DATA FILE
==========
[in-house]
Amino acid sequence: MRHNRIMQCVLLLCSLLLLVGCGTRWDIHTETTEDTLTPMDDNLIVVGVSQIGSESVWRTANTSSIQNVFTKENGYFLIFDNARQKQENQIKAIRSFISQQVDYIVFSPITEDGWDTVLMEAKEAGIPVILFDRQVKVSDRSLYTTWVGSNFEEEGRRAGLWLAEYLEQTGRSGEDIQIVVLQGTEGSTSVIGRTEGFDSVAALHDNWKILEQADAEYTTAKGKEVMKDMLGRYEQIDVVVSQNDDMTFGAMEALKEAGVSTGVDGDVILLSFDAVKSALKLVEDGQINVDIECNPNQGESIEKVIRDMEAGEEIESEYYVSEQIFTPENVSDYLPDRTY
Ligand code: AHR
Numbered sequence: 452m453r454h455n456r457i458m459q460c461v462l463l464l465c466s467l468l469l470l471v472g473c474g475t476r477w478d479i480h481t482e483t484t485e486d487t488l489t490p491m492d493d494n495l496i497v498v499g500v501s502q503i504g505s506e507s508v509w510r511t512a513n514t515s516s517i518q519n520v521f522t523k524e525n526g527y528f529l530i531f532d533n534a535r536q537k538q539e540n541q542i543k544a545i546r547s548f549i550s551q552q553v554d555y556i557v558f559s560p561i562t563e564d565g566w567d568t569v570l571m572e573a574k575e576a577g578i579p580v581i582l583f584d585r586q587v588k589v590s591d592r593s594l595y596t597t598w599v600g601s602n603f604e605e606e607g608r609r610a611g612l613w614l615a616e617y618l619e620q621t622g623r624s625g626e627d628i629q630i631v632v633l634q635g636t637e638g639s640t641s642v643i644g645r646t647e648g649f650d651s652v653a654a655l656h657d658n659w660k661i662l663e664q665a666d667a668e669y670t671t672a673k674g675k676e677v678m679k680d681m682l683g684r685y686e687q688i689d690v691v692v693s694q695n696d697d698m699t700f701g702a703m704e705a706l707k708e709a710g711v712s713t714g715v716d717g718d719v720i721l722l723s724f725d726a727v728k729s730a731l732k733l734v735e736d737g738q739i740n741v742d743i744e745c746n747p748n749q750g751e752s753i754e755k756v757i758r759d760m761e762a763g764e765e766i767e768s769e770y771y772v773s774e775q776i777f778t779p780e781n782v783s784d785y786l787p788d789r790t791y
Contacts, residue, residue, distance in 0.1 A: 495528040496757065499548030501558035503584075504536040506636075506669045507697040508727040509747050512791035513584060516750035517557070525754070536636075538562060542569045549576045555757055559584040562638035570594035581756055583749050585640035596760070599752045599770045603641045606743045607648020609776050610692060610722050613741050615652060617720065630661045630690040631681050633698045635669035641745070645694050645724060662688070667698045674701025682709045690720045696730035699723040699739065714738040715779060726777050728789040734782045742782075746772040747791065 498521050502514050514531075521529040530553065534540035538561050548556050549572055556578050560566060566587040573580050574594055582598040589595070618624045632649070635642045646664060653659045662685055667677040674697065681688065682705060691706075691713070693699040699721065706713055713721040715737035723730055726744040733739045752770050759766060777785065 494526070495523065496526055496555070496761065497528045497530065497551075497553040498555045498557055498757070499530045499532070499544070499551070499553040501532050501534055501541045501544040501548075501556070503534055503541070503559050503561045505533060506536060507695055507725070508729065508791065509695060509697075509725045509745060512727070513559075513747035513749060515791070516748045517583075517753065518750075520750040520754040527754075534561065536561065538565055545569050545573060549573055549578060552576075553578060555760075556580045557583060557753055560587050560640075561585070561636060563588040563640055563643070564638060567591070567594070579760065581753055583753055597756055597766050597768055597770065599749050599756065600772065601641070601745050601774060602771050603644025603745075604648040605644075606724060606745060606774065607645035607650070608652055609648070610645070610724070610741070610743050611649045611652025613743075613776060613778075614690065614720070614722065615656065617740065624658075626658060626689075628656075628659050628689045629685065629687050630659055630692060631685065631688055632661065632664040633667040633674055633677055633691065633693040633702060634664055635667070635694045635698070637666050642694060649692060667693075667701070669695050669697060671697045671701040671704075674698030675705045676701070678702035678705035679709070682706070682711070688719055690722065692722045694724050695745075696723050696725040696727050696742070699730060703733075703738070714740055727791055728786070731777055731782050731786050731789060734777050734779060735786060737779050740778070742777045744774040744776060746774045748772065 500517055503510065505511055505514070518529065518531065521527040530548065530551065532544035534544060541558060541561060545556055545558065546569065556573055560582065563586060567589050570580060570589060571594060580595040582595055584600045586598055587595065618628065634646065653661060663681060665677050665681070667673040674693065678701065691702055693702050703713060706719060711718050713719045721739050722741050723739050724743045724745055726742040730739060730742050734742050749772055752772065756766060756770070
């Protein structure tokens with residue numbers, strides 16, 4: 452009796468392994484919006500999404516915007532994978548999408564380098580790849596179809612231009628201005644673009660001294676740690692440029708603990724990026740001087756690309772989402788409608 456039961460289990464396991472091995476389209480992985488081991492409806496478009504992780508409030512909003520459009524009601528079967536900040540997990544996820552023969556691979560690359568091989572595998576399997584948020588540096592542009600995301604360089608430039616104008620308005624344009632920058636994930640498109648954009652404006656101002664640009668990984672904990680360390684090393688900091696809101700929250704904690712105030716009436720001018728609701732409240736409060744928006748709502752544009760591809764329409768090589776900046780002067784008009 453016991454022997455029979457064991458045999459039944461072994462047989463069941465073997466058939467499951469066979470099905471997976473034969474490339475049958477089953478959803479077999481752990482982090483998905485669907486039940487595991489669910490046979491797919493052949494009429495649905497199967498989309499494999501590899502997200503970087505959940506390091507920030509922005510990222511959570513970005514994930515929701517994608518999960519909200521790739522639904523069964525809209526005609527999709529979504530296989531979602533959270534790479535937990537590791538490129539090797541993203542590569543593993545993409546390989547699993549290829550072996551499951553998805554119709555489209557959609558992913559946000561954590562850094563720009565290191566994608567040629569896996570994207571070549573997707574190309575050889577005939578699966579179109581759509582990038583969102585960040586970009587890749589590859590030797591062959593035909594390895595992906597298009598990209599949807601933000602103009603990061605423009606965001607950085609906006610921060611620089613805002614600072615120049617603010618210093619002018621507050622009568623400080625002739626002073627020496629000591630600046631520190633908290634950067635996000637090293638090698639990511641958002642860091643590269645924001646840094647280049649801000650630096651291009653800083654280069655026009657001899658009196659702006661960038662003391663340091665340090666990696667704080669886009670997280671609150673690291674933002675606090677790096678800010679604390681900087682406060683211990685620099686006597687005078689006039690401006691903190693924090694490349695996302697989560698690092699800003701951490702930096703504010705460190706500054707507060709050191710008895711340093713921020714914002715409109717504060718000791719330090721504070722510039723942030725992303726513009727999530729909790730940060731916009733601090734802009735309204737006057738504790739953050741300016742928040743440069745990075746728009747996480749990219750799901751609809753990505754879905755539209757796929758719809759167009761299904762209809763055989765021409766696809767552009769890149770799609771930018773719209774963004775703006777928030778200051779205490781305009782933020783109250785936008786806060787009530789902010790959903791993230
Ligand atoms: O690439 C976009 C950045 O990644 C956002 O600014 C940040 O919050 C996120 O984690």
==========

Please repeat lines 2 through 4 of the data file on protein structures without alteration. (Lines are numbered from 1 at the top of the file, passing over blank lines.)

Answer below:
Amino acid sequence: MRHNRIMQCVLLLCSLLLLVGCGTRWDIHTETTEDTLTPMDDNLIVVGVSQIGSESVWRTANTSSIQNVFTKENGYFLIFDNARQKQENQIKAIRSFISQQVDYIVFSPITEDGWDTVLMEAKEAGIPVILFDRQVKVSDRSLYTTWVGSNFEEEGRRAGLWLAEYLEQTGRSGEDIQIVVLQGTEGSTSVIGRTEGFDSVAALHDNWKILEQADAEYTTAKGKEVMKDMLGRYEQIDVVVSQNDDMTFGAMEALKEAGVSTGVDGDVILLSFDAVKSALKLVEDGQINVDIECNPNQGESIEKVIRDMEAGEEIESEYYVSEQIFTPENVSDYLPDRTY
Ligand code: AHR
Numbered sequence: 452m453r454h455n456r457i458m459q460c461v462l463l464l465c466s467l468l469l470l471v472g473c474g475t476r477w478d479i480h481t482e483t484t485e486d487t488l489t490p491m492d493d494n495l496i497v498v499g500v501s502q503i504g505s506e507s508v509w510r511t512a513n514t515s516s517i518q519n520v521f522t523k524e525n526g527y528f529l530i531f532d533n534a535r536q537k538q539e540n541q542i543k544a545i546r547s548f549i550s551q552q553v554d555y556i557v558f559s560p561i562t563e564d565g566w567d568t569v570l571m572e573a574k575e576a577g578i579p580v581i582l583f584d585r586q587v588k589v590s591d592r593s594l595y596t597t598w599v600g601s602n603f604e605e606e607g608r609r610a611g612l613w614l615a616e617y618l619e620q621t622g623r624s625g626e627d628i629q630i631v632v633l634q635g636t637e638g639s640t641s642v643i644g645r646t647e648g649f650d651s652v653a654a655l656h657d658n659w660k661i662l663e664q665a666d667a668e669y670t671t672a673k674g675k676e677v678m679k680d681m682l683g684r685y686e687q688i689d690v691v692v693s694q695n696d697d698m699t700f701g702a703m704e705a706l707k708e709a710g711v712s713t714g715v716d717g718d719v720i721l722l723s724f725d726a727v728k729s730a731l732k733l734v735e736d737g738q739i740n741v742d743i744e745c746n747p748n749q750g751e752s753i754e755k756v757i758r759d760m761e762a763g764e765e766i767e768s769e770y771y772v773s774e775q776i777f778t779p780e781n782v783s784d785y786l787p788d789r790t791y